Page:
It’s strange to think that a man who’s already been written into history as a legend and cinematic master is still alive.
In America, a man who has accomplished more than many will in a lifetime, French director Jean-Luc Goddard, disappeared from everything but film textbooks, until now.
Goddard’s first major theatrical release in the United States in nearly 20 years, In Praise of Love (Eloge de l’Amour), is an airy attempt to explore love, resistance and memory.
The film appears to progress on a level of higher consciousness that is somewhat difficult to understand, but its strikingly original cinematography is worth contemplation.
The first and longer of the film’s two sections represents the present, which is shot in fine grain black-and-white 35 mm film that shimmers on the screen.
While the second section, placed in the past, is shot in a distracting over-saturated color digital-video.
The lead character Edgar (Bruno Putzulu) is an artist struggling with his “project,” which is to detail one young, one adult and one elderly couple through what he believes to be the four phases of love: meeting, sexual desire, breakup and reunion.
Though he repeatedly claims he cannot decide what form his project will take – a film, an opera, a novel or a play – Edgar casts the young couple and begins shooting.
He loses direction however, when he has trouble casting the adults.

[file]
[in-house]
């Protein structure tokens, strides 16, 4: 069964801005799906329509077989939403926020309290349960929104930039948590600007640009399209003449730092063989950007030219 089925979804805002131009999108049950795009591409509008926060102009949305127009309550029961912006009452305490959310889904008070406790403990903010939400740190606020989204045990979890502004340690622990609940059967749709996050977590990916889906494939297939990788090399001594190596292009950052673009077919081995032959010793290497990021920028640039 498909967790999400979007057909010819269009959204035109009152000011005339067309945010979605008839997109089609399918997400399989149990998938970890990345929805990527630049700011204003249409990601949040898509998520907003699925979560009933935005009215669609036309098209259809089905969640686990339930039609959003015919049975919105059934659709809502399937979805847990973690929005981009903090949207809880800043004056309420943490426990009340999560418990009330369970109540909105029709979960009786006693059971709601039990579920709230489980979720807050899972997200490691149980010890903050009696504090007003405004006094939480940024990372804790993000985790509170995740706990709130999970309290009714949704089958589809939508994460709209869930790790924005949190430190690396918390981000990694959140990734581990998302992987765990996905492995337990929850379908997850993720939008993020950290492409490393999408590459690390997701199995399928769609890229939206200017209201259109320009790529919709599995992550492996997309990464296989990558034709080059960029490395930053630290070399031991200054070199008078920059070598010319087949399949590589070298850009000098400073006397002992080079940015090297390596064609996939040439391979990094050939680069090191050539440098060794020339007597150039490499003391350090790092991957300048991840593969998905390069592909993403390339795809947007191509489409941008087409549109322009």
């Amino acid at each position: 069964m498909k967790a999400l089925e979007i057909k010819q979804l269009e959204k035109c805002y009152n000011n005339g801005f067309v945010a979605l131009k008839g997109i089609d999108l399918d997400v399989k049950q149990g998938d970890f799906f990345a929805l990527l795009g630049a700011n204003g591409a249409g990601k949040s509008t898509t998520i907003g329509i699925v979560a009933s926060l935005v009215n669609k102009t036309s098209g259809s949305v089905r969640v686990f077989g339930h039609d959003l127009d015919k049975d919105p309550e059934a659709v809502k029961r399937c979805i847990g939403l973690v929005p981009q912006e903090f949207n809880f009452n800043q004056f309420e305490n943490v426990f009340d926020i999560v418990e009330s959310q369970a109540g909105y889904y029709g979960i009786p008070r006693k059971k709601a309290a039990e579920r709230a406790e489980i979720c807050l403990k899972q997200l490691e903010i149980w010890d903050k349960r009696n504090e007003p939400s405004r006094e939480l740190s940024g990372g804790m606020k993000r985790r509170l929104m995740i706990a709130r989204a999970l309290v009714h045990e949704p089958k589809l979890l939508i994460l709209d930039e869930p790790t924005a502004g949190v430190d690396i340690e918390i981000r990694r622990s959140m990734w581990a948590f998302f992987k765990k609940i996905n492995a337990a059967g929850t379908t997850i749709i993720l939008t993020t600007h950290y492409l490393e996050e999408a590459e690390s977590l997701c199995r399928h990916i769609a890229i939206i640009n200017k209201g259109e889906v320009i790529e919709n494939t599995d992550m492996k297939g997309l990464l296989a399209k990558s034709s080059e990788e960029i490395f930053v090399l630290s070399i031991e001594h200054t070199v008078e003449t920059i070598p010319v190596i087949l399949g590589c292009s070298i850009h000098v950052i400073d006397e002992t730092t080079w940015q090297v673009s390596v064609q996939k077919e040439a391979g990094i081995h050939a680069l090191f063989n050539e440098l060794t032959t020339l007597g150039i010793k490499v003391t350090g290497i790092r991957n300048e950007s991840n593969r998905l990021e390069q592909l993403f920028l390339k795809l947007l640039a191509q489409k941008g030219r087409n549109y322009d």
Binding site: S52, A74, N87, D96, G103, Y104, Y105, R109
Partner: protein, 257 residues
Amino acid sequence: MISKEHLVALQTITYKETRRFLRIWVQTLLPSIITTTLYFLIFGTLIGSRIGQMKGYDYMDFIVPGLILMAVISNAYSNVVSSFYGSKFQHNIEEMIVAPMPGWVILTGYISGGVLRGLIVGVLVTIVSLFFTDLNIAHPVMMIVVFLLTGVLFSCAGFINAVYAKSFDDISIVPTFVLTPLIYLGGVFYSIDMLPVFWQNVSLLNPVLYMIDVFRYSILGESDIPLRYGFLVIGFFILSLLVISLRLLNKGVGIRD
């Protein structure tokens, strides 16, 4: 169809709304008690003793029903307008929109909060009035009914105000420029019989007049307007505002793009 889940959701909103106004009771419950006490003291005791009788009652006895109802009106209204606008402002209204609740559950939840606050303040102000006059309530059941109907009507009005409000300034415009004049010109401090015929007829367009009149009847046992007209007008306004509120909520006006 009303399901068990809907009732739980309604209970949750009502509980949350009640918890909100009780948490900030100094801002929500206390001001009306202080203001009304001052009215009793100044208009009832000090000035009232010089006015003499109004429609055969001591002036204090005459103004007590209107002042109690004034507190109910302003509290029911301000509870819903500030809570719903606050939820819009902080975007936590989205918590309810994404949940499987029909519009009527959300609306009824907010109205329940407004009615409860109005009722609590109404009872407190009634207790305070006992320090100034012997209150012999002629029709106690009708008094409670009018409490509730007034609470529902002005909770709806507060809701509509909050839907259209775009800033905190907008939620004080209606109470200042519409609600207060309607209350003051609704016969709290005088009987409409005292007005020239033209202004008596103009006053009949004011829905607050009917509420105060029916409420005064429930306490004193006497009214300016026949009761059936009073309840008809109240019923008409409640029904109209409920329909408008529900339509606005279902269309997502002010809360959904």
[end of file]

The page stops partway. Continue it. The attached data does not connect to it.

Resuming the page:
According to Edgar, the young and the old assume a story merely by being young or old.
Adults though, need a story in order to be of interest.
Edgar is an adult himself.
His film is unsuccessful and his love interest refuses to be in the film, or even have dinner with him.
This all makes for a great story, but too bad it’s told through philosophical-sounding incoherent whining.
In the film’s second section, Edgar visits the home of an elderly couple who have lived through all four stages of love.
They were Resistance fighters in World War II and to prevent bankruptcy, are selling their story to American filmmakers.
It’s here that Edgar originally met the couple’s granddaughter Elle (Cécile Camp), who he attempts to cast as a love interest.
Besides the present-to-past structure, the only vividly coherent concept of the film is Goddard’s tirade against America.
Using Elle as a spokesperson, he rants at length about America’s cultural and technological imperialism, as well as Hollywood’s bastardization of history.
While it’s not entirely false, the outburst is sudden and out of place in a film that refuses to make much sense otherwise.
It’s unfortunate Goddard didn’t just run with the beautiful, gentle yet striking cinematography that starts the film.
The Paris cityscapes and stunning nighttime scenes make the first section very enjoyable.
Also, the film does have a few spontaneous moments reminiscent of Goddard’s earlier works, like Breathless, Contempt and Pierrot Le Fou.
In one nighttime scene, with lights sparkling in the far background, a female flasher opens her overcoat to two men, and then walks away.
The men say nothing of her and continue with their business.
It’s a shame these impulses give way to lofty contrivances.
There’s a lot of talk about stories and how they begin and end, which is a great motif for a film that very nearly ends on the same lines with which it begins.
But again, it’s a motif that is not clear enough.
So, unless you’re ready to wax poetic with a 98-minute moping reverie, you’re better off renting one of Goddard’s earlier flicks.
If you’re interested, the last showing of In Praise of Love (NR) is tonight (Sept. 26) at the Roxy Theater, 2023 Sansom St. Showtimes are 5:30, 7:30 and 9:30 p.m.
General admission is $8 and $5 for senior citizens and children. Call 215-563-9388 for more information.
Rachel Barbara can be reached at Rbarbara@temple.edu.